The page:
The Company moved quickly to set up the new Trust, BR Class 8 Steam Locomotive Trust, which came into existence in November 2013. In January 2014. I was appointed Chairman of Trustees and in June 2014 Chairman of the Duke Management Committee. In order to focus solely on BR Class 8 Steam Locomotive Trust and it’s well being I resigned as a Director of 71000 Steam Locomotive Ltd in April 2017. This was followed by the donating of my and my wife’s shares to 71000 Steam locomotive Ltd in July 2017.

What kind of work have you performed during your lifetime, what kind of person are you, and what values do you bring to the Trust?

My background, having served an engineering apprenticeship, is that of a qualified engineer but over the last 35 years I have been involved in going into Companies with problems. These have ranged from heavy engineering through automotive extruded rubber parts, pressure measurement manufacturing, defence and aerospace, children’s knitwear, bakery capital equipment manufacturing, a pet food manufacturer and now the Duke. The first four as Managing Director and the next three at the request of finance houses, banks and venture capital companies to review the performance of businesses they were concerned about. There were other businesses were my experience was seen to be of some help.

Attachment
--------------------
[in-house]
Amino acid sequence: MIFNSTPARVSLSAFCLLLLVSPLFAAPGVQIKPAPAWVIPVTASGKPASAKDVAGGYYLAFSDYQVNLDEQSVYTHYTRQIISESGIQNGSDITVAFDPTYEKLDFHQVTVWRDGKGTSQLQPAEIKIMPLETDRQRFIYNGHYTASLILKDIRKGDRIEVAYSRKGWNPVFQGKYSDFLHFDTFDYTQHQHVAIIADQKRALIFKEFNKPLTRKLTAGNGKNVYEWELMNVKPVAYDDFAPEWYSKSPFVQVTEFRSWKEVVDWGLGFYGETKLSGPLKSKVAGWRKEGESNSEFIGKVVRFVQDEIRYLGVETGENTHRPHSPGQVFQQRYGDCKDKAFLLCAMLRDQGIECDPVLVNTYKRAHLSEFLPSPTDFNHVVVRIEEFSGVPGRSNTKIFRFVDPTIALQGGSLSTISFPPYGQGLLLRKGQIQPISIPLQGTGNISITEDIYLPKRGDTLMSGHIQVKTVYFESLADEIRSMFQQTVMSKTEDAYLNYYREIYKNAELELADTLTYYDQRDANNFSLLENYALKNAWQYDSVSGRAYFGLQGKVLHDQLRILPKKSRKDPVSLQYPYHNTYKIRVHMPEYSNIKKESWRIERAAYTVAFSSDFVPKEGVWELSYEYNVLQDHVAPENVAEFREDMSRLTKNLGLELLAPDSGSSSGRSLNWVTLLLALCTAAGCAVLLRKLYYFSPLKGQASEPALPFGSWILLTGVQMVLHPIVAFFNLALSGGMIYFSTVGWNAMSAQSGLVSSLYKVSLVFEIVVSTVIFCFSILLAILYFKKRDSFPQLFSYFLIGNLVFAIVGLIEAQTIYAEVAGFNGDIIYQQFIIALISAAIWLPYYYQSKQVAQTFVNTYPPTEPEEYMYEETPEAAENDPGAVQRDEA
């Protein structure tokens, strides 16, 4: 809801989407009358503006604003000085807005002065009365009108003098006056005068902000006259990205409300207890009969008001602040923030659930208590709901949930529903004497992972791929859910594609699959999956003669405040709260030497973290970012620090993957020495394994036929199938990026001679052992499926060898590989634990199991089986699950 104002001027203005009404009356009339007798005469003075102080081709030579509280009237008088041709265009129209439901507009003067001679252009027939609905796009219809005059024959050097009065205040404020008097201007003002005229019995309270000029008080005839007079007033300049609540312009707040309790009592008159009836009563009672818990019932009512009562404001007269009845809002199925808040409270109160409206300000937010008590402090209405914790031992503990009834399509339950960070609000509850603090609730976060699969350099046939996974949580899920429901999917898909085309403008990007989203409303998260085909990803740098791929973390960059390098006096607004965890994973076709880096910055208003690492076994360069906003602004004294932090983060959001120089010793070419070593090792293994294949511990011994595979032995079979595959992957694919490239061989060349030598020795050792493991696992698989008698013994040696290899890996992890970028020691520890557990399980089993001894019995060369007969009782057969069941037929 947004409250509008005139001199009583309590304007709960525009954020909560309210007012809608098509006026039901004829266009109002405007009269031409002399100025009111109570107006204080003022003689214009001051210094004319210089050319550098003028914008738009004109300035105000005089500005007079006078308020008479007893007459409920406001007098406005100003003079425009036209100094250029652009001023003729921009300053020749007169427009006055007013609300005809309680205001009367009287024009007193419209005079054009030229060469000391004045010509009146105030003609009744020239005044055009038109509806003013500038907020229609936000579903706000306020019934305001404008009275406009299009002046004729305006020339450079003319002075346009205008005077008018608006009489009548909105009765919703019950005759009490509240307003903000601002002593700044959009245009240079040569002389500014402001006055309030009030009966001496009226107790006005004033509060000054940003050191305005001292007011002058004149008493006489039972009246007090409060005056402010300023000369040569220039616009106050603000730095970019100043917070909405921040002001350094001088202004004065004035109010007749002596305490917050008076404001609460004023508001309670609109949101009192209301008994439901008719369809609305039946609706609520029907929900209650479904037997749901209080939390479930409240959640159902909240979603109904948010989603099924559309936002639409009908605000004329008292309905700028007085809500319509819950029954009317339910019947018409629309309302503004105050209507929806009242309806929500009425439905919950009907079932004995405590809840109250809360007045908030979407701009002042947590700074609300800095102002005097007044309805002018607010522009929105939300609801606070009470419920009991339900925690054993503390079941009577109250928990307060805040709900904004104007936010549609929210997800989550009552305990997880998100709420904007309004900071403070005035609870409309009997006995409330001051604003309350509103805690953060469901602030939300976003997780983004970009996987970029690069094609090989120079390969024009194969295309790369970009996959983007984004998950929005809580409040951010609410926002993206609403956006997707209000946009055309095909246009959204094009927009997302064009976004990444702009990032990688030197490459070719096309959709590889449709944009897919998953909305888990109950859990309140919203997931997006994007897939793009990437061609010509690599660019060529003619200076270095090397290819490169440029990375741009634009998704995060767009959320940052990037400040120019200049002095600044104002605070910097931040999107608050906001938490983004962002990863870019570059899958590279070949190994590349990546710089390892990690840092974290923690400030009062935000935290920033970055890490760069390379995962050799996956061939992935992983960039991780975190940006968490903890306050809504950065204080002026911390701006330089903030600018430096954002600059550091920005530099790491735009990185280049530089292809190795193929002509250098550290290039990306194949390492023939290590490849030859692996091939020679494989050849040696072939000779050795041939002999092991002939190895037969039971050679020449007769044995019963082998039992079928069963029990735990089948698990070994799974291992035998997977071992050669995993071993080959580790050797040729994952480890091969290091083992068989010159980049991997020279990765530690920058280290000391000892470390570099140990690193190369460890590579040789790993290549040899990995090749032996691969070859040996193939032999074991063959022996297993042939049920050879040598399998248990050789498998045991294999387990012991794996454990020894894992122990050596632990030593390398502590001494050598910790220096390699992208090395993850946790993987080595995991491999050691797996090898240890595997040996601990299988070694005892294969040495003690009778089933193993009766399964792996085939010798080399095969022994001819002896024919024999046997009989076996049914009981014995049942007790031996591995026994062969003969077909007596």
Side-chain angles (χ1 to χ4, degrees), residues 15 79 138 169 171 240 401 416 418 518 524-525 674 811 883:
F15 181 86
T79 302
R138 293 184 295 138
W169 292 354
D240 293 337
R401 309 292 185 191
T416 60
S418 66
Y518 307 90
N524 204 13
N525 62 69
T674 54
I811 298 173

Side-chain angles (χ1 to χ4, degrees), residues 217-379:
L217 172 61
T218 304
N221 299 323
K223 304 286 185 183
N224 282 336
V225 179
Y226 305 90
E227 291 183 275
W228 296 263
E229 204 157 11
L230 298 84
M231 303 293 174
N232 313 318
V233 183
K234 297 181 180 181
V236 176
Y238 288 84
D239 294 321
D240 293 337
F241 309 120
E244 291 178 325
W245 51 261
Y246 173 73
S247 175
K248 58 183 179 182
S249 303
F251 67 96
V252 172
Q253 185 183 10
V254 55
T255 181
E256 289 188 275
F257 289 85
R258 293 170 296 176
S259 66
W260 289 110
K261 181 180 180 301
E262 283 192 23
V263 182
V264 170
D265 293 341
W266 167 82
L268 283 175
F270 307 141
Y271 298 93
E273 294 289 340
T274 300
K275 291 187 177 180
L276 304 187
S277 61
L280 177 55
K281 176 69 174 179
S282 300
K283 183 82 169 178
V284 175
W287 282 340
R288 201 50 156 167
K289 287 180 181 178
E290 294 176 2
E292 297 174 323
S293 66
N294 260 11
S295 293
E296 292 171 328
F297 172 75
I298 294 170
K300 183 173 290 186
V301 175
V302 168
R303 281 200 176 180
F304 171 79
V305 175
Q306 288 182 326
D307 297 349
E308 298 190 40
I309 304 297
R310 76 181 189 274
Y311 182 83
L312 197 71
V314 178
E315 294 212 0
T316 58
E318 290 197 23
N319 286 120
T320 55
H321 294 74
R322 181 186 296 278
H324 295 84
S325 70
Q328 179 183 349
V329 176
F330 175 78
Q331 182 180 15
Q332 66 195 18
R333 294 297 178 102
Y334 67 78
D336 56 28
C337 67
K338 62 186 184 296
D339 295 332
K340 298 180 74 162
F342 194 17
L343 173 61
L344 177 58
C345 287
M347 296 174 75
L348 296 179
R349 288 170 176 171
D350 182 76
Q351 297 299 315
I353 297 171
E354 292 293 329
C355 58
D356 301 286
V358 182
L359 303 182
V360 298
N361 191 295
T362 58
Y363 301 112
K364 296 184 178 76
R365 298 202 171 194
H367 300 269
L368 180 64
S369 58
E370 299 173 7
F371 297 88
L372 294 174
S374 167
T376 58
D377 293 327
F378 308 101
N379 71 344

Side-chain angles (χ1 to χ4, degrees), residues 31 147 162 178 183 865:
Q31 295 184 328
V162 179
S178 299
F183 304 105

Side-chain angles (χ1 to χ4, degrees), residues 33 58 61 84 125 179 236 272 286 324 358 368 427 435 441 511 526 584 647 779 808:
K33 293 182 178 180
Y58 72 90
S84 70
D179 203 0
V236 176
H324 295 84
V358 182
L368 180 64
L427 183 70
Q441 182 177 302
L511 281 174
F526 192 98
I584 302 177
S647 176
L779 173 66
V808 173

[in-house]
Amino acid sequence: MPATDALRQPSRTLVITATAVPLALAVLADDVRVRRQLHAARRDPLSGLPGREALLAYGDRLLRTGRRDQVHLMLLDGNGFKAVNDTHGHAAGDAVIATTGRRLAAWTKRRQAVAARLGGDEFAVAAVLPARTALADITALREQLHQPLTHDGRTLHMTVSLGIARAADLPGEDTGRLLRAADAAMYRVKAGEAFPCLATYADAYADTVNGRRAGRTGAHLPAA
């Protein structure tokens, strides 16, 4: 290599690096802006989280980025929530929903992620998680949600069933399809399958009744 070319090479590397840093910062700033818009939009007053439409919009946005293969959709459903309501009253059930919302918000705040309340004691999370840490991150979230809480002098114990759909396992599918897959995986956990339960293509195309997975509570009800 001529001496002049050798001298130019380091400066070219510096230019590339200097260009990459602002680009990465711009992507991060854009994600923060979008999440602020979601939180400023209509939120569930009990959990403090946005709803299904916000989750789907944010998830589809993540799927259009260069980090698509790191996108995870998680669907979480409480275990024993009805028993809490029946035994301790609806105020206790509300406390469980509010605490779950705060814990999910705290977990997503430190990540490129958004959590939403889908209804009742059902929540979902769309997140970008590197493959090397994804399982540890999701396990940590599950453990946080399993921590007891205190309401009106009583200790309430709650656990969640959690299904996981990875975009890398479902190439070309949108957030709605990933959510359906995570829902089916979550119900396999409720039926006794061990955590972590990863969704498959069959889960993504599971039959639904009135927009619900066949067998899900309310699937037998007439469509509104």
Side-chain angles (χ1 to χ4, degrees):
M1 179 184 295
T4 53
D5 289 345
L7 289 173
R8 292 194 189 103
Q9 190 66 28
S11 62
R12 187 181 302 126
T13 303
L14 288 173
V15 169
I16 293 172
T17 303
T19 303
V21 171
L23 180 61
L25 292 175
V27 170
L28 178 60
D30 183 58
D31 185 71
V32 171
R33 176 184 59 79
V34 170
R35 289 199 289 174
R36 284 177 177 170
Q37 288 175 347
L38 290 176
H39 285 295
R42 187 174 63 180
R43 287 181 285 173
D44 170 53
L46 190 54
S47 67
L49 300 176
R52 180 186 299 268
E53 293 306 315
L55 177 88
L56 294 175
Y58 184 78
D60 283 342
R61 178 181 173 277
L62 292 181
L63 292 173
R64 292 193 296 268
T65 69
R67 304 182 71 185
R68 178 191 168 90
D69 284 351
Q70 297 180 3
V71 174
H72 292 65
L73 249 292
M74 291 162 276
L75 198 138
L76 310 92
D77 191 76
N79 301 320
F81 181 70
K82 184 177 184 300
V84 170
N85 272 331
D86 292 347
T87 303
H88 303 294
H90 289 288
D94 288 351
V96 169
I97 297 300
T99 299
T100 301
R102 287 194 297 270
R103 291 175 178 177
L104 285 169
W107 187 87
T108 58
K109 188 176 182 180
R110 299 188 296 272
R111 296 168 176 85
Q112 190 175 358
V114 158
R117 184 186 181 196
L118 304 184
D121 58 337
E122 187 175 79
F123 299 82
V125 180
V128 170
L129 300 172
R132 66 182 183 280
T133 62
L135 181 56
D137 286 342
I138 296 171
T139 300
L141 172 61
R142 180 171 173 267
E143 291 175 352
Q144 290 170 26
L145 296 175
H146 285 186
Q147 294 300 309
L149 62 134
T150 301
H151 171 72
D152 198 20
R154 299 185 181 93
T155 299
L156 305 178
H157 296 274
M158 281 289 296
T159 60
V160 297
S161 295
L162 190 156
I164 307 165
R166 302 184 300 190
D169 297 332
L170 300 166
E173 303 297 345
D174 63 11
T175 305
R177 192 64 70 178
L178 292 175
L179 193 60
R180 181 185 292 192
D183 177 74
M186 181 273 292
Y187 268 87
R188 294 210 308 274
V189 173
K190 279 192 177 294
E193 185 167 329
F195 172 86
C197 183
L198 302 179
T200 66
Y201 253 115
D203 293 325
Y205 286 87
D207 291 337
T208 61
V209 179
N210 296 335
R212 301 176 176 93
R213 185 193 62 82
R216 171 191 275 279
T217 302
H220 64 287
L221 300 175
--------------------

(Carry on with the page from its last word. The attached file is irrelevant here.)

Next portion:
Describe the passion that you feel for the Duke, and explain why you think that others should help to get the locomotive back on the mainline.

The passion for the Duke is as a trained Engineer. I appreciate the ground breaking developments that went into the Duke only to be abandoned by the rush to eliminate steam from BR. I want to help to ensure the long term protection of what was envisaged by Riddles as the ultimate BR express steam locomotive for the enjoyment of future generations.

Do you believe that there are now sufficient members of the new Trust, and do you think that the officers and trustees have sufficient breadth of experience to see the locomotive through an overhaul and then to manage it when it is back on the mainline?